Barnum protects on, off field

ANN ARBOR, Mich. -- Why are you here?

The question was posed innocuously enough, and the twenty-odd students sat in the classroom with blank stares on their faces. It was graduate school. They'd all done the first-day-of-school thing at least 15 times by this point, but still, that question seemed difficult to answer.

"When I was growing up we had three or four African-Americans go off to college, and they went off for sports," Ricky Barnum said. "I play sports here. I'm not here for sports, though."

It had been obvious to most other students. Barnum didn't need to say he was an athlete. He wasn't exactly the usual student in the master's program for social work at the University of Michigan. No, he was a 300-pound left guard, trying to camouflage himself as average with jeans and a Polo shirt, but gravity and his body tested the strength and hold of the desk's chair.

The other students had preconceived notions about student-athletes, mostly that they were here for sports.

And true, even his professor Gary Stauffer had preconceived notions.

" 'Is he taking this class just so he can continue playing?' I thought," Stauffer said. "But he never carried himself in a macho, arrogant manner. And then, my first impression was that he was a really thoughtful, engaged student."

That was part of why Barnum was there. He is thoughtful and engaged.

Never before had a Michigan football player graduated with a master's degree from the Michigan School of Social Work, ranked No. 1 in the world. He wanted to be one of the first.

So to answer Stauffer's question Barnum talked about his upbringing in a rough area of Lakeland, Fla. He talked about the pain of being labeled as an "at-risk student." He talked about the Simpson Park Community Center, and how it had provided him a safe place to hang out when he was young.

Simpson Park is where Barnum first learned to play football. As a child, larger than all the other kids, the coaches and his parents made the game into a life lesson: be an offensive lineman, protect the quarterback, protect the running backs, protect the people who can't always protect themselves.

That's why he was there.

Then there were his role models. His parents and older brother were a few, Marquis Roberts and Barbara Smith from Simpson Park were two others. And finally, Michigan football came up again when he talked about coach Brady Hoke's influence.

"Coach Hoke always talks about being competitive in everything you do," Barnum said. "He's very competitive and that's something our team has learned through him is to be competitive. You're going to have struggles on the field and in life and hoops to jump through. You have to be a competitor."

But what he didn't tell Stauffer and the rest of his class was the main reason he was there. That he had made a promise to his grandmother shortly before her death last June. And in a community where promises weren't always upheld, he knew that was one he needed to keep.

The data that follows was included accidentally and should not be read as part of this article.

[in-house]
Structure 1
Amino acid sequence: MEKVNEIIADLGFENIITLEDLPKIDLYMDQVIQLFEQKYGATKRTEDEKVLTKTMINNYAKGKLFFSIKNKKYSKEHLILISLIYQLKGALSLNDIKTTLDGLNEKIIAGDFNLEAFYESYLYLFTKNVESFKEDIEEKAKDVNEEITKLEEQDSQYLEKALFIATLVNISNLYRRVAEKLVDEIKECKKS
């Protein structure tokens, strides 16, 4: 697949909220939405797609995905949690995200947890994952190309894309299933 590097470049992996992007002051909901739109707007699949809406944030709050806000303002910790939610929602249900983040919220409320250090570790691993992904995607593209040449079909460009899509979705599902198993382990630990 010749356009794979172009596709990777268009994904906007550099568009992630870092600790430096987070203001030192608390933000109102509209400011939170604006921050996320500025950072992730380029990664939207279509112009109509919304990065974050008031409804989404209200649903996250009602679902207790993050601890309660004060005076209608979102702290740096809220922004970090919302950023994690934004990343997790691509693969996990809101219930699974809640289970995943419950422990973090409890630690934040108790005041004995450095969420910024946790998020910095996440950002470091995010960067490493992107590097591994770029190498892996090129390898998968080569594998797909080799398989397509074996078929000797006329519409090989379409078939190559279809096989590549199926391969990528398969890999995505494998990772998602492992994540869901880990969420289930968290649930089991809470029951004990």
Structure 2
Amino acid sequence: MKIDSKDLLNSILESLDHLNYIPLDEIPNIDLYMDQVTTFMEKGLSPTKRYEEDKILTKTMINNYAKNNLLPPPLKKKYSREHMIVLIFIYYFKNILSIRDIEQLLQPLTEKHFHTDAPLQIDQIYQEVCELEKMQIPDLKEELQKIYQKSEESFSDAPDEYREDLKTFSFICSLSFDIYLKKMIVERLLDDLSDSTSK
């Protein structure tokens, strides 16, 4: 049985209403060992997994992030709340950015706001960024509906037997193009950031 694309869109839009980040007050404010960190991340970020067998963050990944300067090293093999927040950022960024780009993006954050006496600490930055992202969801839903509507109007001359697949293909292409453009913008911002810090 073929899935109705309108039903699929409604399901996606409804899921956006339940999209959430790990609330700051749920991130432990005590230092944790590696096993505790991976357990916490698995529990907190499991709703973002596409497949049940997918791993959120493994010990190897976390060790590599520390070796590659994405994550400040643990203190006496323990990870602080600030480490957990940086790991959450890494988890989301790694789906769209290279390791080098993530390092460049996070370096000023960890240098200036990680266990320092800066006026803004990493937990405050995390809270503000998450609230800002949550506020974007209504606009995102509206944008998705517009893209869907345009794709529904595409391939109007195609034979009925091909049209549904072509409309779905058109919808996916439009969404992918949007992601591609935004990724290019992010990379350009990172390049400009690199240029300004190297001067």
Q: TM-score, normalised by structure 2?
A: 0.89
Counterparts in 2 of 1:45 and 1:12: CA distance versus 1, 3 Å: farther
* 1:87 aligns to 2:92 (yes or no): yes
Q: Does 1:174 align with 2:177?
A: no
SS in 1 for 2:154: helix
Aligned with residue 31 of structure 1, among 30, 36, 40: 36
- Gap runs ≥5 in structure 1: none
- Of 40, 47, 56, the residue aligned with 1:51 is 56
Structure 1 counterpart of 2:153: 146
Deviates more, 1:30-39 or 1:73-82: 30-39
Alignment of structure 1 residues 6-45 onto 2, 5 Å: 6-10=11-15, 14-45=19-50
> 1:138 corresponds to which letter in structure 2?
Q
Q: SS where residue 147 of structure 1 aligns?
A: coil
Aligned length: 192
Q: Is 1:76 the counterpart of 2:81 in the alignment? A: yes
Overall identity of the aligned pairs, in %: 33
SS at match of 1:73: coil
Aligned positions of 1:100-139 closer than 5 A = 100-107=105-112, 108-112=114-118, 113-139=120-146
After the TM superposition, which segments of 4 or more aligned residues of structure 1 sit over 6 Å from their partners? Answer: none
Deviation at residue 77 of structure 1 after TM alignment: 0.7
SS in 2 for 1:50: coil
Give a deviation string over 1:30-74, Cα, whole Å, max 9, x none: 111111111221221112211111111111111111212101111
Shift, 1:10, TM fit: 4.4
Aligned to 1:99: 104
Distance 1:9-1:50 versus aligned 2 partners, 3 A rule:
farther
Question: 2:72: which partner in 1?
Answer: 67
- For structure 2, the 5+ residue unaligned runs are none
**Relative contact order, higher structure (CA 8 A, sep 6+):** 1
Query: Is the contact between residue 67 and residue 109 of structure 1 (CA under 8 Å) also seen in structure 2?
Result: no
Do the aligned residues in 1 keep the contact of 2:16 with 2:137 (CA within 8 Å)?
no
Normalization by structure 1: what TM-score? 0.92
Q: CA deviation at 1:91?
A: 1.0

"I was talking to my grandma and she said, 'Why don't you get a master's? Why don't you make something more of yourself?' " Barnum said. "So I promised her that when I graduated that I wouldn't just sit around. I promised her that I would do something."

Something meaning a master's degree.

So after he earned his bachelor's degree in Afro-American and African studies in May 2012, he took his final year of football eligibility to make good on his promise to his grandmother.

He started classes that May and quickly found himself choosing an interpersonal practice of children, youth and families. It was something he could relate to.

As classes progressed, Barnum found himself thinking of the kids on his block or the youth at Simpson Park. When other students had to search and scour for practical implementation into communities, he thought of home. Everything he was learning had a purpose and despite the rigorous readings and course work, he found it enjoyable to concentrate on his graduate studies.

"I know it starts with the youth," Barnum said of Lakeland. "If you can make a difference to a youth, you can impact the future. That's what's wrong with my community right now, our youth struggle. There's crime, there's a high dropout rate. I just want to help be a part of what they're doing down there now."

And he balanced football and classes -- a starting job on a team with a 2-0 Big Ten start along with hundreds of pages of reading a week. On the field, he's learning how to better protect quarterback Denard Robinson and running back Fitzgerald Toussaint. In his classes, he's learning how to protect the children of Lakeland.

Shortly before he graduated with his bachelor's and shortly before his grandmother passed away, shortly before he made any kind of promise and shortly before he did everything to keep that promise, he was asked to speak at his family's church.

The pastor said Barnum would speak about struggle and triumph. He expected the football player to talk about the Wolverines' distress under Rich Rodriguez and the redemption that came with Brady Hoke and an Allstate Sugar Bowl Championship.

Instead, Barnum got to the pulpit and spoke about education and the ability to choose a path if person chooses the right footing. It was a curve ball, but so is Barnum.

"He knows he could've been headed down a bad path, but he took the initiative and responsibility to change it up," Stauffer said. "I think a part of it comes from his football coaches, that mentality of 'You're responsible for yourself.' … And he's present. He's not going to social work school so he can continue to play Michigan football. He really wants to give back. He really wants to help people."